KUALA LUMPUR, May 1 ― The country's aviation industry can progress to become comparable to either Singapore or Dubai, but it is hampered by the single airport operator system that makes Malaysia lose out in terms of attracting more airlines.

Advocating that view, Malaysian Aviation Commission (Mavcom) executive chairman Dr Nungsari Ahmad Radhi explained that Singapore, for instance, has a strong domestic demand that is sufficient to support the airport business, which further catalyses its development as an aviation centre.

“Meanwhile, Dubai’s aviation sector is based on its role as a transit hub, which relies on connectivity and its airports’ interlining capabilities rather than domestic demand,” he said.

Malaysia has a combination of both the Singapore and Dubai spectrums, whereby it can excel or be competitive with other international airports, he told Bernama in an interview.


The country could be like Dubai, but only if the domestic airports were providing better services and facilities especially in catering to transit passengers, Nungsari said.

“We need to focus on improving our airport in terms of services and efficiency. Or if we aim to be more like Singapore, we have a bigger task at hand, which is developing the economy to grow at a more aggressive pace, so that it can provide the necessary domestic demand for the aviation sector,” he explained.

However, the prickly point here is that the current single operator system, which means that there is no competition, making the sector lull and unattractive, he said.


“Malaysian airports, especially our gateway hubs, do not operate 24 hours a day, which may be a reflection of the fact that airlines don’t find them attractive. This, in turn, implies that competition may be an issue,” Nungsari said.

Currently, he said, 80 per cent of the airlines that are coming are of Mumbai (India) and Beijing (China) distance range.

“Another reason that our airports are only operating in a limited time is because we don’t receive passengers from longer distances, for instance from North America. Hence, airports are underutilised,” he said.

Recently, Malaysia Airports Holdings Bhd (MAHB) received approval for a 35-year extension on operating agreements (OAs) until February 11, 2069. The extension means replacing the airport operator’s previous two OAs signed on February 12, 2009, with four new OAs ― for the Kuala Lumpur International Airport, Sarawak airports, Sabah airports, and designated airports in Peninsular Malaysia.

To be clear, the Malaysian government is the asset owner of almost all commercial airports in the country and is the beneficial owner of the land title, and following the OA extension, MAHB will continue to serve as operator of 39 airports nationwide until 2069.

However, the idea of having multiple airport operators in the country is not new, as AirAsia Group chief executive officer Tan Sri Tony Fernandes has persistently voiced out his opinion on the matter.

To recap, Transport Minister Anthony Loke Siew Fook said the OA extension was to reduce government's financial burden and it would provide freedom for MAHB to engage with investors especially in developing infrastructure and facilities.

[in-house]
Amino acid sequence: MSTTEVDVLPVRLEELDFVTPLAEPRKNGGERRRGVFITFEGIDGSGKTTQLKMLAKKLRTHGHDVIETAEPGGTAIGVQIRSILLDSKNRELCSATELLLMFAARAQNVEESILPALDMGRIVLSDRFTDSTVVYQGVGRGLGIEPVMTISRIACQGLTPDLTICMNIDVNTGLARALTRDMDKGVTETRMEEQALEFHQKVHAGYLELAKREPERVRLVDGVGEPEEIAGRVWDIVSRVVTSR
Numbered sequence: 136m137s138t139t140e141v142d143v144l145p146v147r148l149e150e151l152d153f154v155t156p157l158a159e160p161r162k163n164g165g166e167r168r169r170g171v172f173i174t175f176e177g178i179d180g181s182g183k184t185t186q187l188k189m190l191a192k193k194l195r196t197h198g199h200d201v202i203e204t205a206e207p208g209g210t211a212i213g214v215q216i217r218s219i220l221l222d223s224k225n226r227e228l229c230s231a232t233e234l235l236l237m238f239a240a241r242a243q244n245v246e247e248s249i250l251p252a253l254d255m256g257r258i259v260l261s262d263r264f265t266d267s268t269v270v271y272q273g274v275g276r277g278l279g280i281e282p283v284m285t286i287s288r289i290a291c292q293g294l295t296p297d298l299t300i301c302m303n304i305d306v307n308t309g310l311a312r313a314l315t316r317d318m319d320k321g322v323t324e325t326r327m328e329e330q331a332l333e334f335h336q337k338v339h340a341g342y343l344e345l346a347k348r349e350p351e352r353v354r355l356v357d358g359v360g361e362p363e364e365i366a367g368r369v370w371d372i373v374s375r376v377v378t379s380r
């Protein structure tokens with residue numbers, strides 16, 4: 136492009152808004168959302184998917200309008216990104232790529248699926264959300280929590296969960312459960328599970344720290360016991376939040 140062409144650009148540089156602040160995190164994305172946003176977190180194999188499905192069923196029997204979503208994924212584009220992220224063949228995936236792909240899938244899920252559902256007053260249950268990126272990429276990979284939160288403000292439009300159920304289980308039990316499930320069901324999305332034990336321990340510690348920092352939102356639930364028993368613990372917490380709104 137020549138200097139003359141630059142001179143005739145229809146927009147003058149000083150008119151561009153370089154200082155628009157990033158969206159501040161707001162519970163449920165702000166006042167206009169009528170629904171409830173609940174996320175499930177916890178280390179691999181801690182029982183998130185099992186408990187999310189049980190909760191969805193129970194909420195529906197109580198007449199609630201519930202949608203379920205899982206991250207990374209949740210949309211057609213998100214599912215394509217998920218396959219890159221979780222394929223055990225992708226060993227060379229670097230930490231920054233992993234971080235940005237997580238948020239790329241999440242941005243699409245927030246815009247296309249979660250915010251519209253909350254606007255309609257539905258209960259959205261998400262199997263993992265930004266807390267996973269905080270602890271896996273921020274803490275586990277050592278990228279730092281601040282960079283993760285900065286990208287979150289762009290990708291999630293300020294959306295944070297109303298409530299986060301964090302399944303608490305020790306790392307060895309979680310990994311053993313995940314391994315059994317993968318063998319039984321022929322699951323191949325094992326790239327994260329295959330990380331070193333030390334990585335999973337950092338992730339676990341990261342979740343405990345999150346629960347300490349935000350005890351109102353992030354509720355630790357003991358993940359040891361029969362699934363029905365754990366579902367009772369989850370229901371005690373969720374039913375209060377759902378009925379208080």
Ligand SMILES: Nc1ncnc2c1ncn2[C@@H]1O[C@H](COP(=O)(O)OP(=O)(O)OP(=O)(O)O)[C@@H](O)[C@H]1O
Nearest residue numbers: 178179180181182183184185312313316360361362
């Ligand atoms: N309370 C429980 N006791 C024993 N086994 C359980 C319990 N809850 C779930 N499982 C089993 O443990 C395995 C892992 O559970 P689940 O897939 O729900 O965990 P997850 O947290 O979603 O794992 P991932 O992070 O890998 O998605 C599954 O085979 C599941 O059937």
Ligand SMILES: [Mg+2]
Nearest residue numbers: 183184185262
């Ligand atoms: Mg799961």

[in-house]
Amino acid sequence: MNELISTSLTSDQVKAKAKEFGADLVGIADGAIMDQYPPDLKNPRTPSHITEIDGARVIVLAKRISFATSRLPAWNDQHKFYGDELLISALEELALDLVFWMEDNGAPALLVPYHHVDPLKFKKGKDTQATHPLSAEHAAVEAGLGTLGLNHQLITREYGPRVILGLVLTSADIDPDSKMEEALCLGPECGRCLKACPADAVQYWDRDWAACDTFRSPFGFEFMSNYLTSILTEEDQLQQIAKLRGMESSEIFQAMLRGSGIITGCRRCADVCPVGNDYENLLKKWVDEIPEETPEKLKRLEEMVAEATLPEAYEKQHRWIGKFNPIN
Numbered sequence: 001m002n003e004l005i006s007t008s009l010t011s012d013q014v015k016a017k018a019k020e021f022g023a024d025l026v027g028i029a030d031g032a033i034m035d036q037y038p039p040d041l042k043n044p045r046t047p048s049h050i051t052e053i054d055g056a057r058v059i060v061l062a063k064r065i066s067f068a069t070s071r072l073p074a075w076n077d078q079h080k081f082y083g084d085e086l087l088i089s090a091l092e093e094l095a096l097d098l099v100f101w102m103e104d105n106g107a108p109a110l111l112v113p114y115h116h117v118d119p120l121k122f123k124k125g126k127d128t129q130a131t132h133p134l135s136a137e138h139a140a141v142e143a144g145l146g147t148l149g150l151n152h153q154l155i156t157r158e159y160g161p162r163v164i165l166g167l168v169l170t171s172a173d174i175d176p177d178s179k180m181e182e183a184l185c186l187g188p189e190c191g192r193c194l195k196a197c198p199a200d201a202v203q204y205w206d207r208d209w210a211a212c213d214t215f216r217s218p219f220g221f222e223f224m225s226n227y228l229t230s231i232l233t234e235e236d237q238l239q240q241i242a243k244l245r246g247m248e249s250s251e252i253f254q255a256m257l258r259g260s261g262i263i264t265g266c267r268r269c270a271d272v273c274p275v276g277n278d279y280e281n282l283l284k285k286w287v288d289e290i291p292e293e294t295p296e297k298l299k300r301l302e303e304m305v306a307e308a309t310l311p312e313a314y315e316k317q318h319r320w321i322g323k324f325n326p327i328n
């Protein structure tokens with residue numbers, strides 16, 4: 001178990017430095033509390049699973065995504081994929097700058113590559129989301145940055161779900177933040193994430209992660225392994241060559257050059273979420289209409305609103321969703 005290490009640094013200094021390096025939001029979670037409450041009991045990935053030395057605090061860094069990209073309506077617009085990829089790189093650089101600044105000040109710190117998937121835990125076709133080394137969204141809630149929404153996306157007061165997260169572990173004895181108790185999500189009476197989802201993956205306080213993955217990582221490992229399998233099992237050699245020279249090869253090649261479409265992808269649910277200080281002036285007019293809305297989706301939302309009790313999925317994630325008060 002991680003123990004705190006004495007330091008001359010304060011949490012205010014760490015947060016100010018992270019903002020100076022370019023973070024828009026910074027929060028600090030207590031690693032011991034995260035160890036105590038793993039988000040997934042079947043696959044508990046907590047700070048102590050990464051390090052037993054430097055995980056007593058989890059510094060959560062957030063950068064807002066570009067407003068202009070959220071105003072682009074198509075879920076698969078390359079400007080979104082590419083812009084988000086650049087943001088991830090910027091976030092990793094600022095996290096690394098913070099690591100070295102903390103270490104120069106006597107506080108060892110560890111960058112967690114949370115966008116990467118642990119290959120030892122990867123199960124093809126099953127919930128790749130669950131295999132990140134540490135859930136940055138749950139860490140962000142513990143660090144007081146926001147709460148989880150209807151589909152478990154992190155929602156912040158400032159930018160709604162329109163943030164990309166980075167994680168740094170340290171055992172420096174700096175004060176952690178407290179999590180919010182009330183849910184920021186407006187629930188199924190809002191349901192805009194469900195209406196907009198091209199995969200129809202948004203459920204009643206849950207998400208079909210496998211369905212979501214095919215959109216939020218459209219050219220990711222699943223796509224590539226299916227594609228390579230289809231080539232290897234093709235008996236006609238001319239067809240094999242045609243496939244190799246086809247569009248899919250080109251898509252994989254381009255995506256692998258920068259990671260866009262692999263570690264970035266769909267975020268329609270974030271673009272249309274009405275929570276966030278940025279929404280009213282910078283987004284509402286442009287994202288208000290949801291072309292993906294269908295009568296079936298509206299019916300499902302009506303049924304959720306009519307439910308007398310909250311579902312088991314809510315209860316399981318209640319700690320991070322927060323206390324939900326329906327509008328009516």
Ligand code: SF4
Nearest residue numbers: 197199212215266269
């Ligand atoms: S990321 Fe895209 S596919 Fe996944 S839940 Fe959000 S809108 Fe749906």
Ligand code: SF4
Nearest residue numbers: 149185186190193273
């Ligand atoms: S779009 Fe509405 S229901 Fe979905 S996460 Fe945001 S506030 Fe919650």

The new OAs, which are scheduled to be finalised in June, are expected to provide some space for MAHB in planning investment for the airport, whereas under the previous OAs, the capital expenditure for expansion was borne by the government.

Going forward, Nungsari believes that there needs to be a master plan or framework that provides clear direction and long-term view of airports in Malaysia, perhaps for the next 30 years.

“We can't just decide to build a new airport without taking into account its connectivity to other means of transportation, including land transport,” he said.

He revealed that Mavcom is working closely with the Ministry of Transport on a long-term plan for the sector, which will take into consideration multimodal connectivity, capacity or even expansion plans.

“We need to optimise the spending as we currently invest a lot on land transport, especially rail in Peninsular Malaysia. We can optimise the spending by improving the connectivity.”

With the growing regional passenger traffic growth, Nungsari said, it is crucial to decide on the airport development model, as it would ultimately dictate which airports should be expanded or relocated and how investments are aligned for that purpose.

He also foresees regulations to be implemented to assure a certain level of service provided at the airports as well as fair and equal treatment for all airlines, as these factors have been proven to attract global airlines to neighbouring countries' airports.

On passenger service charge (PSC), he said Mavcom believes that PSC rates should be determined by facilities available in an airport as well as reflect the attractiveness to the investors.

“Mavcom sets it (the PSC) and we want to differentiate the PSC between airports, but we need to find the basis for doing that in the most objective manner and based on this, we have done valuation based on airport regulated assets.

“The regulated asset assessment means differentiating the PSC based on airport type as well as the quality, but it would ultimately determine the airport funding model, which means if there is any plan to build new airport or expanding old ones, who's going to pay for it,” he explained.

He reiterated that an airport expansion plan without using government money is possible; however, investors would demand clarity on the percentage of charges allowed to be collected since the amount of money invested in an airport is a large sum.

“Their earnings is PSC and PSC determines the viability of airport funding. If private investors show some interest to come in, they need to know how much they can get and will the government change it. We (should ensure that we are) being fair to investors.” ― Bernama